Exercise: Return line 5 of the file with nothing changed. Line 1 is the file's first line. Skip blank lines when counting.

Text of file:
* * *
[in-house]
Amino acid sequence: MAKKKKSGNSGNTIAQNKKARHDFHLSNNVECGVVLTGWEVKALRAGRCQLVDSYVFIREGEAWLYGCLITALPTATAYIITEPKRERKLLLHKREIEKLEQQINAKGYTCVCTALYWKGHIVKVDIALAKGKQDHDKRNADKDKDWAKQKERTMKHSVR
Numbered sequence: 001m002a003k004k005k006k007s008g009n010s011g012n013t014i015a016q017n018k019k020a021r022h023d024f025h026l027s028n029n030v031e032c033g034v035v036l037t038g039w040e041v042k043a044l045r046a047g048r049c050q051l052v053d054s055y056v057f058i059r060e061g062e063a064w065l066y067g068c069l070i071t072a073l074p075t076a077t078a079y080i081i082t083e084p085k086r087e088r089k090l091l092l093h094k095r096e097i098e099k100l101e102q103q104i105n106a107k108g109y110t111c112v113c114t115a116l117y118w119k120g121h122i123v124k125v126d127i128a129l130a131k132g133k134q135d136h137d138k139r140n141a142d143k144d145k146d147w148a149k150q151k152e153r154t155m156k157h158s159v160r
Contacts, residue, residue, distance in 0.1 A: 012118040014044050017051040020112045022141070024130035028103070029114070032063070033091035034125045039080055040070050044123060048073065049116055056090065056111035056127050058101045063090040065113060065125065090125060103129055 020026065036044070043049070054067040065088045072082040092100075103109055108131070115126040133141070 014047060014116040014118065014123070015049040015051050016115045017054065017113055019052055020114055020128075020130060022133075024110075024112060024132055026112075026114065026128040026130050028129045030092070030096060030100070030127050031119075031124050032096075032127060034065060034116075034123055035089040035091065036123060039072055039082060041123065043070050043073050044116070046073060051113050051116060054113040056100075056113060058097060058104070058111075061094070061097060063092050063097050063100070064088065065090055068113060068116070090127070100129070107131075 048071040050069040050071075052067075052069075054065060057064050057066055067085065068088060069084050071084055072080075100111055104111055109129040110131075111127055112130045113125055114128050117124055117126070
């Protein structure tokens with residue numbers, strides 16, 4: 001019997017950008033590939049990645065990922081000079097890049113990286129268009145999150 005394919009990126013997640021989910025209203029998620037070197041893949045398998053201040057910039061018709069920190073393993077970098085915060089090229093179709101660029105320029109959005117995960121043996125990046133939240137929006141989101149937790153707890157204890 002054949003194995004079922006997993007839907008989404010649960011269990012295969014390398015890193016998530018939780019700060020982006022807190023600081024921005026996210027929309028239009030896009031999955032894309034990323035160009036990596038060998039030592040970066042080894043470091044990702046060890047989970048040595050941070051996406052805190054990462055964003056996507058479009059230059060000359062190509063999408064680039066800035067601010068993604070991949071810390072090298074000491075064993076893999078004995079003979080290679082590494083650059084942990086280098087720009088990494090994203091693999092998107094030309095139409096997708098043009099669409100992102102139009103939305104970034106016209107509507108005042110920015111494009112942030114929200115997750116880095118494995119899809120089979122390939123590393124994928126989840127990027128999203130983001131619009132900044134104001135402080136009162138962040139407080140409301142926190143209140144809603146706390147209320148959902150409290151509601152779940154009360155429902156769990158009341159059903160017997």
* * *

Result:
């Protein structure tokens with residue numbers, strides 16, 4: 001019997017950008033590939049990645065990922081000079097890049113990286129268009145999150 005394919009990126013997640021989910025209203029998620037070197041893949045398998053201040057910039061018709069920190073393993077970098085915060089090229093179709101660029105320029109959005117995960121043996125990046133939240137929006141989101149937790153707890157204890 002054949003194995004079922006997993007839907008989404010649960011269990012295969014390398015890193016998530018939780019700060020982006022807190023600081024921005026996210027929309028239009030896009031999955032894309034990323035160009036990596038060998039030592040970066042080894043470091044990702046060890047989970048040595050941070051996406052805190054990462055964003056996507058479009059230059060000359062190509063999408064680039066800035067601010068993604070991949071810390072090298074000491075064993076893999078004995079003979080290679082590494083650059084942990086280098087720009088990494090994203091693999092998107094030309095139409096997708098043009099669409100992102102139009103939305104970034106016209107509507108005042110920015111494009112942030114929200115997750116880095118494995119899809120089979122390939123590393124994928126989840127990027128999203130983001131619009132900044134104001135402080136009162138962040139407080140409301142926190143209140144809603146706390147209320148959902150409290151509601152779940154009360155429902156769990158009341159059903160017997």